Investigations into the spot-fixing scandal engulfing the Indian Premier League have claimed that more than 50 phone calls were allegedly routed through Pakistan during negotiations for the fixing.
Although police remain tight-lipped, they said the phone records of bookies and players showed they were in touch with two Dubai-based bookies, Sunil Abhay Chandani alias Sunil Dubai and Suresh Nagar alias Junior Kolkata.
They added that evidence in their possession suggests both Chandani and Nagar acted as a link between bookies in India and Karachi and Lahore based bookies. Investigators of the Special Cell of police pointed out that Chandani travelled between New Delhi, Mumbai, Dubai and London.
Meanwhile, consternation in India over the spot fixing scandal refused to die as more sordid details about the multi-billion dollar IPL cash cow were revealed.
The principal manipulator of the scandal, Indian fast bowler S Sreesanth, it is now known, used a towel to signal the bookies when they should place bets. Although police sources said all three players playing for the Rajasthan Royal franchise – Sreesanth, Ajit Chandila and Ankeet Chava confessed – their lawyers hotly contested this.
Sreesanth’s lawyer, Deepak Prakash, voiced doubt about the credibility of the evidence. “My client has no idea of what was going on. The charges are frivolous and baseless. Sreesanth has not spoken to any of the bookies. There are no tapes which have his voice,” he said, in reference to apparent recordings of his client speaking to the bookmakers.
On the infamous towel, Prakash said the “towel is a lucky charm for Sreesanth. He has worn one in 90% of his matches. It is no evidence.” When asked why Sreesanth did not wear it in the first over he bowled, Prakash replied, “Only when you sweat will you ask for a towel. In the first over, there was no sweat.”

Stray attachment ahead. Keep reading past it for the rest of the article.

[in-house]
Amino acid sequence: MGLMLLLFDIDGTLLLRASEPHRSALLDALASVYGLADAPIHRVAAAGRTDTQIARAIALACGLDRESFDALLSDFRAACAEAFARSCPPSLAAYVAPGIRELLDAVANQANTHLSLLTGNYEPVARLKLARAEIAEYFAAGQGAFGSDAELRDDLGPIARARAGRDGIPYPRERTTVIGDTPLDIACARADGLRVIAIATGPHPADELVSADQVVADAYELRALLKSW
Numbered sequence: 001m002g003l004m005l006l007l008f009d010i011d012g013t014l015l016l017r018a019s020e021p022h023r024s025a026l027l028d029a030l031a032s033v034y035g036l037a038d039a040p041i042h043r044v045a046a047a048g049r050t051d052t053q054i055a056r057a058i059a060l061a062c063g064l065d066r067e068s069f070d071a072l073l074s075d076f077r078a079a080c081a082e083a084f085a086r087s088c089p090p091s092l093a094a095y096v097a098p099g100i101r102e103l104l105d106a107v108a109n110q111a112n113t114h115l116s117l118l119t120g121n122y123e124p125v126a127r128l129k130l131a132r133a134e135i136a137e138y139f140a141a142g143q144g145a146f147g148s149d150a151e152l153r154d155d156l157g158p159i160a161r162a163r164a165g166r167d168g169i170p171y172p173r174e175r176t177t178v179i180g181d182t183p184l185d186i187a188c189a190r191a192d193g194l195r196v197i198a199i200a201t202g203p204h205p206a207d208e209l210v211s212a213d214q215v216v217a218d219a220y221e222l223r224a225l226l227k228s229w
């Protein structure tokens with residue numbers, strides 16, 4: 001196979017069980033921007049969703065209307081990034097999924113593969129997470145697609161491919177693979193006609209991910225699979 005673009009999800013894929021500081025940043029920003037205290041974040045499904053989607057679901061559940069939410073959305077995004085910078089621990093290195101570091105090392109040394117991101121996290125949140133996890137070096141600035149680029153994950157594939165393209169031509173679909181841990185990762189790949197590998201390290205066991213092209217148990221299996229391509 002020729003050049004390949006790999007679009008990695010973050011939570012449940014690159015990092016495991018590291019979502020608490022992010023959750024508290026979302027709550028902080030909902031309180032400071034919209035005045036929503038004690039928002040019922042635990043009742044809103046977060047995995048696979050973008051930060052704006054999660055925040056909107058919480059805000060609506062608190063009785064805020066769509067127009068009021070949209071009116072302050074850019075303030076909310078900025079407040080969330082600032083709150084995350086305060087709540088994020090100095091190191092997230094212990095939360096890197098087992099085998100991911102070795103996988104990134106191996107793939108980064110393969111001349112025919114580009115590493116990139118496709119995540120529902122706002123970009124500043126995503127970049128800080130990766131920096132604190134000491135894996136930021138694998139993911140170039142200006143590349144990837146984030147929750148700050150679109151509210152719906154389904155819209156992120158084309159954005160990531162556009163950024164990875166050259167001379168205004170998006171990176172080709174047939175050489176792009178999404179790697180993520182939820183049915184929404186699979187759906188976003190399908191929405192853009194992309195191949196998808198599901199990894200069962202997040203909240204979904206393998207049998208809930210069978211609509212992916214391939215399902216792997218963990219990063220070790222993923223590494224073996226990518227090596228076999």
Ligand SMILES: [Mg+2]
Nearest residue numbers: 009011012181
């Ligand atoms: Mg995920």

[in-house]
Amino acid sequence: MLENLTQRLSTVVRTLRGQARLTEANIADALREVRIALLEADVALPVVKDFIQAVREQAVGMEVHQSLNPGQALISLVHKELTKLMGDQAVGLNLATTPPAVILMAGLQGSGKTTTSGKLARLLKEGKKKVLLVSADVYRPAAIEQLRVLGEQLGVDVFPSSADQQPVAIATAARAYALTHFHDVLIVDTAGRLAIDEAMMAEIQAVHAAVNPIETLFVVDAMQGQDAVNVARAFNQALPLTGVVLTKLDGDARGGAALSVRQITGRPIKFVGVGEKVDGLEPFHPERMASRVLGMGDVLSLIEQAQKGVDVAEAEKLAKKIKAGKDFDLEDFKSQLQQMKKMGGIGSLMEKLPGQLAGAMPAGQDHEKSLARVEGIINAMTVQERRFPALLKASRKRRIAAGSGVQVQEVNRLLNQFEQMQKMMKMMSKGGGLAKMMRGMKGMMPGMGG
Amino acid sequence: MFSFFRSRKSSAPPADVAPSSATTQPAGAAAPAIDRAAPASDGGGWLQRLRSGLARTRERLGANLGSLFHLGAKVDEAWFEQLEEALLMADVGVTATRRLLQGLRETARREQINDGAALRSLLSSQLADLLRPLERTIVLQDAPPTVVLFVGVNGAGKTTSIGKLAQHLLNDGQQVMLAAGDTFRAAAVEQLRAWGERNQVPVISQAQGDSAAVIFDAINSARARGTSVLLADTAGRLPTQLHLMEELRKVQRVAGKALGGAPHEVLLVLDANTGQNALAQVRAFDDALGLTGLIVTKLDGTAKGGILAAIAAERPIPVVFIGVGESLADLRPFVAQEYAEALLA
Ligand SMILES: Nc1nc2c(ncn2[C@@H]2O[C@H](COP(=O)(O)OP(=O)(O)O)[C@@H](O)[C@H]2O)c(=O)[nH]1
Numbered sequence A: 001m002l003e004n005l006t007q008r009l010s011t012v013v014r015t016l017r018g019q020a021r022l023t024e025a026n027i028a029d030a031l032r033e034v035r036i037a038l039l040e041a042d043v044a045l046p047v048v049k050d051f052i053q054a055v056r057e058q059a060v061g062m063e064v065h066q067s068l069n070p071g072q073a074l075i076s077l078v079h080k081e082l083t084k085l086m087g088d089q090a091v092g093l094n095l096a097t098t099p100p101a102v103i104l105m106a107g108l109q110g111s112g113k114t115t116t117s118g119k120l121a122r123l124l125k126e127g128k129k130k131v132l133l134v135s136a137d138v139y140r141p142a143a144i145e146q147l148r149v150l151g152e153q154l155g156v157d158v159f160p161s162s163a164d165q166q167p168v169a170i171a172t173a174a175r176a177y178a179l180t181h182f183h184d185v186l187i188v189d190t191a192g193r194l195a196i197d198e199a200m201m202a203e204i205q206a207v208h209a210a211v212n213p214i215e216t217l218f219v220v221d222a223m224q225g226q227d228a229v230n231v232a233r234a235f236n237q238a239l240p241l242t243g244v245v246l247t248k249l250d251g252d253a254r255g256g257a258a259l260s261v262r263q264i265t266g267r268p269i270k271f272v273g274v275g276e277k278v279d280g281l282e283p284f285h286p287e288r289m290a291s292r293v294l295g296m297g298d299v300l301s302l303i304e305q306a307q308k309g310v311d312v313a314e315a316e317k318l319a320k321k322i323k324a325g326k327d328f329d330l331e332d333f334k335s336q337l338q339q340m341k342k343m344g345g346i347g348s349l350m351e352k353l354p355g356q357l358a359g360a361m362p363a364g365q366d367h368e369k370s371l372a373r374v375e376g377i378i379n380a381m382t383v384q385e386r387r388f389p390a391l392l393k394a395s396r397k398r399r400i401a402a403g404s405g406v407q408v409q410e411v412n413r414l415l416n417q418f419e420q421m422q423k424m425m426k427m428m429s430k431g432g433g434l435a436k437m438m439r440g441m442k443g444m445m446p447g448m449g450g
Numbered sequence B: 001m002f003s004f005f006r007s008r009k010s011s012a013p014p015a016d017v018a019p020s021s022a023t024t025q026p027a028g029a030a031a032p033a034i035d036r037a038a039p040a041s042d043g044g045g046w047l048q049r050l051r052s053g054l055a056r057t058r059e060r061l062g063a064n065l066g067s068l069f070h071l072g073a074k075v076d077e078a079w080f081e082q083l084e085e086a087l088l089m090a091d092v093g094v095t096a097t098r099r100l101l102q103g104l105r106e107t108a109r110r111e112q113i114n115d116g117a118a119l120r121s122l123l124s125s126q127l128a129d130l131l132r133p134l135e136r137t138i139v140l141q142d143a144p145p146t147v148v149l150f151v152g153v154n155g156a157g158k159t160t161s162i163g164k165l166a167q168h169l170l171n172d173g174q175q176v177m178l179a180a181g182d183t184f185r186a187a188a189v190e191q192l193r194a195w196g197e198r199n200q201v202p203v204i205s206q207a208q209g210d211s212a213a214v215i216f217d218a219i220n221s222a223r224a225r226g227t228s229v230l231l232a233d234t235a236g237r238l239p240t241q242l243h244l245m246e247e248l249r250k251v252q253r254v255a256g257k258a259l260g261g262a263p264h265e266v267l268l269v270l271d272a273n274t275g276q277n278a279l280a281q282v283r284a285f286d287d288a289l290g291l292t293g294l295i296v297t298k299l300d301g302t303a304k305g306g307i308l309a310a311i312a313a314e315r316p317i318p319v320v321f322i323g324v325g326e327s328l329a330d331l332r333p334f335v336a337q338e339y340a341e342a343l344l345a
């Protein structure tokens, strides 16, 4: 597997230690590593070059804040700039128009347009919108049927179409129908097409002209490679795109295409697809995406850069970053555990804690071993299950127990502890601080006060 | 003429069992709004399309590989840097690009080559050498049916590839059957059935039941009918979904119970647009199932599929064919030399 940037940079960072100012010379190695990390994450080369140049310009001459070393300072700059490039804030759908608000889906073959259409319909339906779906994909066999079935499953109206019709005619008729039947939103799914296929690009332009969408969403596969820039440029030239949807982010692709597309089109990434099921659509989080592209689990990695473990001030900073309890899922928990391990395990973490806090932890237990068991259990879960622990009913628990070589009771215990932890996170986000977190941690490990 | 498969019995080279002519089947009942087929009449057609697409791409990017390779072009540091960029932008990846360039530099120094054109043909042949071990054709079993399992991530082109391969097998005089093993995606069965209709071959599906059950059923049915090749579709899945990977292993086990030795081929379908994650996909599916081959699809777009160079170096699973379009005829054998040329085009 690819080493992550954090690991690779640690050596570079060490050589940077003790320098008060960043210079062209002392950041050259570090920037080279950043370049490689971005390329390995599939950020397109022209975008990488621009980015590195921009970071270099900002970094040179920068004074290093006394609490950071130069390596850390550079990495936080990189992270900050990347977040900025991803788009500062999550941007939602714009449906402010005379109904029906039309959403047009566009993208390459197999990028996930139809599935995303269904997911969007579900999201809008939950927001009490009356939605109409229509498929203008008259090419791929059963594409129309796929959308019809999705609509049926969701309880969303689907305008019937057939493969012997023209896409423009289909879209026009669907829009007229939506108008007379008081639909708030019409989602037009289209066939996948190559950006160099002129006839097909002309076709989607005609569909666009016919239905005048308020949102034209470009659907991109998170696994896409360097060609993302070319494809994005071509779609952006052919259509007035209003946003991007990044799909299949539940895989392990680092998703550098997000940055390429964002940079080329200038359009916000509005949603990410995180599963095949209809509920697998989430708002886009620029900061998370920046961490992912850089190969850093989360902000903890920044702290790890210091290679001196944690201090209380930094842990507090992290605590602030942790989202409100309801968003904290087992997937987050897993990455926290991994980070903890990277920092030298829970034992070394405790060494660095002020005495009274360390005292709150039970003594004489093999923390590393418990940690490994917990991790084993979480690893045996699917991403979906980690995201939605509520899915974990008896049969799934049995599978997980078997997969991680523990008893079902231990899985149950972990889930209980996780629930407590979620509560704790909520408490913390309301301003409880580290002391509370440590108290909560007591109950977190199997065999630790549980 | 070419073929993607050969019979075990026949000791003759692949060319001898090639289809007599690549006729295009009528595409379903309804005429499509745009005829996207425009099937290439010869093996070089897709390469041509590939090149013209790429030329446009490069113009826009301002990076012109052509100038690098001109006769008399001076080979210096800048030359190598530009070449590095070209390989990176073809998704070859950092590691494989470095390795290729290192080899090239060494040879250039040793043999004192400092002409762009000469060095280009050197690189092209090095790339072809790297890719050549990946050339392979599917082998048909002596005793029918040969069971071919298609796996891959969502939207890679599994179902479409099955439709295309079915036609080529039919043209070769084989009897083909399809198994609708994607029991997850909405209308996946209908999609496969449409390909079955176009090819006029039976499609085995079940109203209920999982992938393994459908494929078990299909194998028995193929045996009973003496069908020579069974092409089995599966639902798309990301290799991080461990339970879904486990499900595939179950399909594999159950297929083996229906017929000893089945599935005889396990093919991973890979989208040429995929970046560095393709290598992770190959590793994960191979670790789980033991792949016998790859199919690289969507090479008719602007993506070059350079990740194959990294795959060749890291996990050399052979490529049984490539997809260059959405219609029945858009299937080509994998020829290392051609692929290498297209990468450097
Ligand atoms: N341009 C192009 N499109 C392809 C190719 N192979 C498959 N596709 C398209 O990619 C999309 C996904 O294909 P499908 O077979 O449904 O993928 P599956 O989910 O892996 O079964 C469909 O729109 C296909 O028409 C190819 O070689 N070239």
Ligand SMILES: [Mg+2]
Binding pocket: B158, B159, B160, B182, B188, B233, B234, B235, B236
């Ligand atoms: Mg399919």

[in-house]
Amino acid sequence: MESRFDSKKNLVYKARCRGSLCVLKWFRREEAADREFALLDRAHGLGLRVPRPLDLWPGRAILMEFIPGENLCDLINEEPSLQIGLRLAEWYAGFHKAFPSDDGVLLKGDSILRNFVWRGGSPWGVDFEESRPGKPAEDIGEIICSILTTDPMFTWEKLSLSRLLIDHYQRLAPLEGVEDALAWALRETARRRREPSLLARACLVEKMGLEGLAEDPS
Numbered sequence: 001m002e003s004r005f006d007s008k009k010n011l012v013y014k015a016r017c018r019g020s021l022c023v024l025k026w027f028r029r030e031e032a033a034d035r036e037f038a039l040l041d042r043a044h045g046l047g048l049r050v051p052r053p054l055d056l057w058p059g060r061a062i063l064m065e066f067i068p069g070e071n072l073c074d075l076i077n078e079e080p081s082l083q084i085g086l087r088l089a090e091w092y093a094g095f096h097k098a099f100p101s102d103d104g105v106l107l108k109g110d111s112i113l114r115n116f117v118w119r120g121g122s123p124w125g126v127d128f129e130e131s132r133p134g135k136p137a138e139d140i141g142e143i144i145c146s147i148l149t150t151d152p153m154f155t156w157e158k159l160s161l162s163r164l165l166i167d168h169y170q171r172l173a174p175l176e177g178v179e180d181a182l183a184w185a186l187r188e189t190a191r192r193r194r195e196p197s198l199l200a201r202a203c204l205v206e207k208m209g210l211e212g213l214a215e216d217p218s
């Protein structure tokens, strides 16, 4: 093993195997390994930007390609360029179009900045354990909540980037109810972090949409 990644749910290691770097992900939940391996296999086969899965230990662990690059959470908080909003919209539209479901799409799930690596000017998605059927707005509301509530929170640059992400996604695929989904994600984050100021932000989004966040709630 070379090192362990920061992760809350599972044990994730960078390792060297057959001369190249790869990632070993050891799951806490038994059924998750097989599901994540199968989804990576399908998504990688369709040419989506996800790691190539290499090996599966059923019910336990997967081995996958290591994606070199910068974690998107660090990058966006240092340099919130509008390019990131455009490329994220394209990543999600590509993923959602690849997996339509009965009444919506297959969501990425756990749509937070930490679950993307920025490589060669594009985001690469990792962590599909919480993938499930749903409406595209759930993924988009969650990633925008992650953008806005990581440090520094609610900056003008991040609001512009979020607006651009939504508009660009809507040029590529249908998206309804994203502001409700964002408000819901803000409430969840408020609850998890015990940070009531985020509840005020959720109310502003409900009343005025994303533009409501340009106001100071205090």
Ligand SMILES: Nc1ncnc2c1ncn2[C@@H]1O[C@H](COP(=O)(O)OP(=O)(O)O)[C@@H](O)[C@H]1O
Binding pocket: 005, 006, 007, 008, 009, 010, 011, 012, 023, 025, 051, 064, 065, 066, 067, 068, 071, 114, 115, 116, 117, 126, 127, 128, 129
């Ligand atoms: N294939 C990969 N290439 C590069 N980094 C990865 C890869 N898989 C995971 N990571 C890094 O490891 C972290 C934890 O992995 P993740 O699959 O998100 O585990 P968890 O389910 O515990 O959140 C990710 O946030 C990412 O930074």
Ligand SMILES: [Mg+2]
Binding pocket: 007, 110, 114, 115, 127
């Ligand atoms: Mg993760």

More than 20 people have also been arrested all over India in connection to the scandal for questioning.
Rajasthan Royals team management, including the owners – actress Shilpa Shetty and her businessman husband Raj Kundra and captain Rahul Dravid may be called for an inquiry “if there is a need,” according to senior New Delhi police officials.
The role of the team management has come into focus after spinner Chandila’s lawyer alleged it was aware of players being approached by bookies.
The Board of Control for Cricket in India has also asked New Delhi police to share evidence and call records of the three players to verify their claims. Many players, current and former, have suggested that the culprits be banned from cricket for life.
Cases are being prepared under the Organised Crimes Act which could imprison a convicted person for a maximum seven-year period.
Published in The Express Tribune, May 18th, 2013.
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